No one likes sending an “Oops” email. Not only does it highlight a mistake, but it means you have to send two emails instead of one. While we did talk about why sending more email can be better for revenue, correction emails aren’t going to be ones you want to send out frequently.
Oops emails can seem risky because it means adding another email to someone’s (already clogged) inbox and pointing out that your business has made a boo boo.
So what do you do when you’re the one who made a mistake?
We’ve put together a simple risk management and crisis response list for you in case of emergencies. It’s important to remember that how you react matters. No business is perfect and mistakes do happen.
Here’s how you can master the damage control process.
Step 1: Identify
There are a number of common mistakes we see in modern email marketing. First, consider the following to identify your particular “OOPS” strategy:
- Links or webpages aren’t working
- Social media feed isn’t loading
- The content or copy is incorrect or has errors
- You’ve sent to the wrong recipients
- Addressed the recipient incorrectly
- Sensitive or secure information was leaked
Step 2: Evaluate
Once you’ve identified the fact that you have an issue, then you need to assess the situation properly to determine how to move forward. Here are some questions to ask yourself:
- What happened?
- When did it happen?
- Who was affected?
- How big of an impact does it have?
Use these questions to determine the severity of the mistake.
- Minor issues, typos, imperfections. Things that won’t really hurt the business or the customer. These are not likely to require a response, but should have action taken to reduce and prevent them in the future.
- Embarrassing mistakes. Technical errors that impede the customer experience, but can be easily resolved.
- Detrimental mistakes. Blunders like this can cause harm through negatively impacting the customer experience as well as business sales and reputation.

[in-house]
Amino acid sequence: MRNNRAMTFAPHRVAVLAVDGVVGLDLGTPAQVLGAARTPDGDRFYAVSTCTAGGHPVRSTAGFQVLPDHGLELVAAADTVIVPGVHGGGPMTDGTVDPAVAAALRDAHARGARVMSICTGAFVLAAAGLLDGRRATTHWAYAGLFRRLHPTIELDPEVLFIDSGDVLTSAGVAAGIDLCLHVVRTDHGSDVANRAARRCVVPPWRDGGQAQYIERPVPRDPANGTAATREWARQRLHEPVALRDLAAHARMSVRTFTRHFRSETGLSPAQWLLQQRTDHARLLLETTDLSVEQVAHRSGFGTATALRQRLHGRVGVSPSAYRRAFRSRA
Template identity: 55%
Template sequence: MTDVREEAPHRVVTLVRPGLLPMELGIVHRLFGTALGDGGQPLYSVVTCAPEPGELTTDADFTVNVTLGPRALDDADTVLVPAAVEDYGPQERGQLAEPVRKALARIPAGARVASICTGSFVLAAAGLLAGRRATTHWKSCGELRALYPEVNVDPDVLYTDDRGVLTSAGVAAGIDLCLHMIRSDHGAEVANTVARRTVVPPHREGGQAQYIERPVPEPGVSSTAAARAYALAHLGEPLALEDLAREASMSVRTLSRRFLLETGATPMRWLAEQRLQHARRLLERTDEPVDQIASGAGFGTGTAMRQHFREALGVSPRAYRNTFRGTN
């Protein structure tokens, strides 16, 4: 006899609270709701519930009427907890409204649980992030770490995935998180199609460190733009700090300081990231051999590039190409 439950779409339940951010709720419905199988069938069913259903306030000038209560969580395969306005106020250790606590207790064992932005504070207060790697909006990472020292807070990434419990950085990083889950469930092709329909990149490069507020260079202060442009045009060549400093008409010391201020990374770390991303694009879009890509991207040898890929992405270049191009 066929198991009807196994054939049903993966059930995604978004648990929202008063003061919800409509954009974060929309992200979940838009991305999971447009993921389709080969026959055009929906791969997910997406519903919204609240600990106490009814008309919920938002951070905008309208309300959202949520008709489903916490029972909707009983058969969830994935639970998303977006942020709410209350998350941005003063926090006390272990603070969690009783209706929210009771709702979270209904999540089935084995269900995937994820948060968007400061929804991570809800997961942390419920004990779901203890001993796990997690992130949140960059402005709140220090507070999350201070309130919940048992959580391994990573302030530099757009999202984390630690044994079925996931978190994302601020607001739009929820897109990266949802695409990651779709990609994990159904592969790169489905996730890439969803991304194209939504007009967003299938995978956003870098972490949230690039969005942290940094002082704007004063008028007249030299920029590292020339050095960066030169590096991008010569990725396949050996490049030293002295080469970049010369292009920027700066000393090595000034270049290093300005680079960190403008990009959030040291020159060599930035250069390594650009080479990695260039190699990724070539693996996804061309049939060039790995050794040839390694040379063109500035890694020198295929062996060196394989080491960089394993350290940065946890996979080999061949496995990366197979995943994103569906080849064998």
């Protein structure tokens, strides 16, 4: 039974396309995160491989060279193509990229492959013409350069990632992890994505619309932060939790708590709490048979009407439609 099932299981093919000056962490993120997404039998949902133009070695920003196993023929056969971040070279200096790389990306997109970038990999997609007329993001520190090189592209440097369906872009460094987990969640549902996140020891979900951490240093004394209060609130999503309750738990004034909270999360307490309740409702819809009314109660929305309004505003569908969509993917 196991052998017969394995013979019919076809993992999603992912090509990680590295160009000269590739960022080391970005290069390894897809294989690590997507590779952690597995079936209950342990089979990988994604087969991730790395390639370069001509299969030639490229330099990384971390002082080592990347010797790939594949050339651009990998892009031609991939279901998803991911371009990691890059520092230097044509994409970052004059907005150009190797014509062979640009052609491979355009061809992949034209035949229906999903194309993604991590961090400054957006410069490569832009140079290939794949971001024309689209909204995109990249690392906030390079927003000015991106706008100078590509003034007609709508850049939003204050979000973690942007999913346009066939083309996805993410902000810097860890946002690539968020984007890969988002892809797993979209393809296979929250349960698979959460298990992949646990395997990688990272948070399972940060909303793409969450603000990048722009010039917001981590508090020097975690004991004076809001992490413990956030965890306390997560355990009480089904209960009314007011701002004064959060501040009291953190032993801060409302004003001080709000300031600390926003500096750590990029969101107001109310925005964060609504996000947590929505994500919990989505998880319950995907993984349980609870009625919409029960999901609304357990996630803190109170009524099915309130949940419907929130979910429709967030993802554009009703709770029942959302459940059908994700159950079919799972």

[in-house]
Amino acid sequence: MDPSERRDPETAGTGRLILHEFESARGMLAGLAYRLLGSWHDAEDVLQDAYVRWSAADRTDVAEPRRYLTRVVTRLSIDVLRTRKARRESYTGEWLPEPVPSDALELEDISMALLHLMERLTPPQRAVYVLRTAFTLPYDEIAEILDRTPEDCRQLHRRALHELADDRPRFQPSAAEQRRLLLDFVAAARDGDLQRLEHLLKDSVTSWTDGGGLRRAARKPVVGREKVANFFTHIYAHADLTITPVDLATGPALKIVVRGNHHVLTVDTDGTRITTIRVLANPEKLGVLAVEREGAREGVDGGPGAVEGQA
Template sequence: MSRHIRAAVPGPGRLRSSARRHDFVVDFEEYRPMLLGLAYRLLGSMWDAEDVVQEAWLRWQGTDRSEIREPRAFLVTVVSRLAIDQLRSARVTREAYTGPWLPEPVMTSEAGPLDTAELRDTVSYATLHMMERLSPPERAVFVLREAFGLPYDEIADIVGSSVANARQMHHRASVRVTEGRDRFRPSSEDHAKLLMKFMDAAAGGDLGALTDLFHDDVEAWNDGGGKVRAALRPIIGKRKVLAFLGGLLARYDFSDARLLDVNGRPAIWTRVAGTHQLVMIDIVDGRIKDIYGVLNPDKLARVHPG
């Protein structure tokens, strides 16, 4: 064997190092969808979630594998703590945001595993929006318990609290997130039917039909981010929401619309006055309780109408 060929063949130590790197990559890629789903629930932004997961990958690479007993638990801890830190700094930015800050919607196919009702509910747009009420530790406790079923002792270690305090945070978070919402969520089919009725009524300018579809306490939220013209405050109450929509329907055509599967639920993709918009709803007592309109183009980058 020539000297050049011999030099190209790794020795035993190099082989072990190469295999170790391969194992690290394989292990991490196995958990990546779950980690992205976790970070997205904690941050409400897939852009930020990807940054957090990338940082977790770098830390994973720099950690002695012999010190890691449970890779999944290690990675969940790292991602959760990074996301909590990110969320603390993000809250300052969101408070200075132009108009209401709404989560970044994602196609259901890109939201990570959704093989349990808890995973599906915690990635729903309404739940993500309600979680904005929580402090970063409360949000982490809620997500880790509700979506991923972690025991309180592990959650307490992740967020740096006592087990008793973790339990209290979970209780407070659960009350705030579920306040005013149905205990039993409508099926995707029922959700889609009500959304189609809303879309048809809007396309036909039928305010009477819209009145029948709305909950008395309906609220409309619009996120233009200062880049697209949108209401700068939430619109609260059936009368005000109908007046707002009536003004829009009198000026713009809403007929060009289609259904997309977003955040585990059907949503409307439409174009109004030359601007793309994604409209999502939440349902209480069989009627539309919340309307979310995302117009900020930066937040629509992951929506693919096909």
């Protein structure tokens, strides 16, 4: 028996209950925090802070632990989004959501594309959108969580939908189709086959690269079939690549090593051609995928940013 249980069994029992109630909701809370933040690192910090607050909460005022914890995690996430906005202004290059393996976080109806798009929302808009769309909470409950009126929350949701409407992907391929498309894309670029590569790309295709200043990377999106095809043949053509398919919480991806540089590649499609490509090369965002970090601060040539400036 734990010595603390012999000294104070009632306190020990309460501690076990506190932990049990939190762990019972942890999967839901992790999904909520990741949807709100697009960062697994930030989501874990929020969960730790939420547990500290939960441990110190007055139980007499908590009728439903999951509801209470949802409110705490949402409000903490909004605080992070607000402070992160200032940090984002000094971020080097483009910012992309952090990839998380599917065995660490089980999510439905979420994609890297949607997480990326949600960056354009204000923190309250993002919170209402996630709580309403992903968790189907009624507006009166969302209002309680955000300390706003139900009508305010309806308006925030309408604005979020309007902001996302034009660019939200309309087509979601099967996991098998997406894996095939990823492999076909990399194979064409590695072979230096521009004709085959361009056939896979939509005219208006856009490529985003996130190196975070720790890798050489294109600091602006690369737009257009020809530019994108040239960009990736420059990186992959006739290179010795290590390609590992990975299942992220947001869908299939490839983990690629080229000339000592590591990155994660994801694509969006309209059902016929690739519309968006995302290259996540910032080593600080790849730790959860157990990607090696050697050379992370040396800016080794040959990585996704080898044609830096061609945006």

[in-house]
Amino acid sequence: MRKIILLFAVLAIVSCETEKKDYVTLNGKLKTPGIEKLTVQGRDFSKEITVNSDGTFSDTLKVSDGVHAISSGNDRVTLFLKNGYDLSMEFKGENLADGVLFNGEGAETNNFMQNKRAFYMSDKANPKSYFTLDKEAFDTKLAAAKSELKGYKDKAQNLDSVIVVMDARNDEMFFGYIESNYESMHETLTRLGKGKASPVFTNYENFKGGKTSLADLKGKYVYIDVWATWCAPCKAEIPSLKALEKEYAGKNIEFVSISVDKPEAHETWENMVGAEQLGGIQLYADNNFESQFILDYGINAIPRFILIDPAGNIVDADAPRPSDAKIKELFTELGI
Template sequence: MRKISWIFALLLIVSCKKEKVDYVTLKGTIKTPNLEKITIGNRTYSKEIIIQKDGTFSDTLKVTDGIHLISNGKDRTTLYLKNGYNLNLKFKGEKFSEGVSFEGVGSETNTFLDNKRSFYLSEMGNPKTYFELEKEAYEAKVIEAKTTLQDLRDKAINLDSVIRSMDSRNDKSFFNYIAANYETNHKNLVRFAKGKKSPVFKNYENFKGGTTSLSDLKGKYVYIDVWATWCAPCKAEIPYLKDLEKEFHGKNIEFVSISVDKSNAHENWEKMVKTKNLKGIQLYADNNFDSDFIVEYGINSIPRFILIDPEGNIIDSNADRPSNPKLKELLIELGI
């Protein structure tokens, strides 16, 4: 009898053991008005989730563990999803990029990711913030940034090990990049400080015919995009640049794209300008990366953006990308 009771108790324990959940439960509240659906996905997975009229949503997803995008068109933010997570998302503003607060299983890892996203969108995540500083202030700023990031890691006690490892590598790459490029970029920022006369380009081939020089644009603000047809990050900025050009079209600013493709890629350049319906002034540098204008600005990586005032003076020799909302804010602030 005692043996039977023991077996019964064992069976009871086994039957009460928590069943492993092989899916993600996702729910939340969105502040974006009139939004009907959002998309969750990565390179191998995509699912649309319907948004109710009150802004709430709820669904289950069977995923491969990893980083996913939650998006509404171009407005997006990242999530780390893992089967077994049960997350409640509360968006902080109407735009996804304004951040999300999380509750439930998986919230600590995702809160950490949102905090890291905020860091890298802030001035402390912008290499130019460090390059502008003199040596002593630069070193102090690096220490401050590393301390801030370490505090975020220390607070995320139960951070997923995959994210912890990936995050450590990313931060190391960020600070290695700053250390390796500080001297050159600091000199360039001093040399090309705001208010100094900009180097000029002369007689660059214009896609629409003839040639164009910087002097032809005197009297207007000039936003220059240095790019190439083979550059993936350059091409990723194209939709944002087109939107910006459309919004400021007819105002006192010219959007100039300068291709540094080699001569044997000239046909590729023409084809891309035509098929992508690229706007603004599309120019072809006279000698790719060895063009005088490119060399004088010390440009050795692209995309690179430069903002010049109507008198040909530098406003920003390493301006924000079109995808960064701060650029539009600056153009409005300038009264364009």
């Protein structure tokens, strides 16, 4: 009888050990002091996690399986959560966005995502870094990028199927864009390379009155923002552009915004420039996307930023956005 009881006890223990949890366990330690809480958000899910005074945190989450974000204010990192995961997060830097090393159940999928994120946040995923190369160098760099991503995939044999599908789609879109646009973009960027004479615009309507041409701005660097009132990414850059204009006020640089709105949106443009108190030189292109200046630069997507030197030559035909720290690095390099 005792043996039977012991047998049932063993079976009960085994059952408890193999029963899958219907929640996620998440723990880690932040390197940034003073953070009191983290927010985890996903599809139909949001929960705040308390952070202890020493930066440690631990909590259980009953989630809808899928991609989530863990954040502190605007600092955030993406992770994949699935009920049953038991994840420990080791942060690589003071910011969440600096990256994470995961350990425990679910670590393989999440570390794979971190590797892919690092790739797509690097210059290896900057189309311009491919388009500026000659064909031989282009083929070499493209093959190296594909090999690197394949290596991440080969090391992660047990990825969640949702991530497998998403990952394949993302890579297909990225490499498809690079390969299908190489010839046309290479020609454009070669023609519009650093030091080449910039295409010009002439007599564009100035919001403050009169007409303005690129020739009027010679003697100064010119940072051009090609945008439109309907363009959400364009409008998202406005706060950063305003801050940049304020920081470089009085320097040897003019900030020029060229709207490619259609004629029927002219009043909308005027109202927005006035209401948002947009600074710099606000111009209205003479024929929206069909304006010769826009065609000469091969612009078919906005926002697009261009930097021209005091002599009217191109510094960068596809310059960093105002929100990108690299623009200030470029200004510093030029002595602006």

- Real problems. These issues can hurt an organization’s revenue, reputation, and could cause long-term damage to the business and its customers.
Step 3: Respond
Once you’ve determined that an oops email is necessary, it’s time to develop a response to the error.
It’s a good idea to have a generic response prepared ahead of time to respond quickly in times of crisis. Make sure it’s simple and adaptable, though so that you can tweak it to fit the situation if and when need be.
Not every crisis requires that you send a correction email. It’s important to note that being overly apologetic, or apologetic for the wrong reasons can hurt your brand’s credibility.
Marketingland.com suggests that you only send a correction email if “there was a significant issue with the promotion itself — for instance, if a discount code didn’t work on the site, or the percentage off number was incorrect.”
Other examples include using the wrong date, time, or location; or a technical glitch.
In this example, Newport News offers a simple and straightforward example of how to recover from a discount code failure:
It’s also reasonable to send a correction email when there is a website issue due to an update or spike in online traffic, like Bumble and bumble does here:
Anatomy of a Good Correction Email
According to Marketing Land, an oops email should have the following components:
- A sincere apology
- Identify the mistake that was made
- Provide reassurance that the issue will not happen again
- Give the recipient a reason to forgive the error
Here are some successful correction email tactics with examples: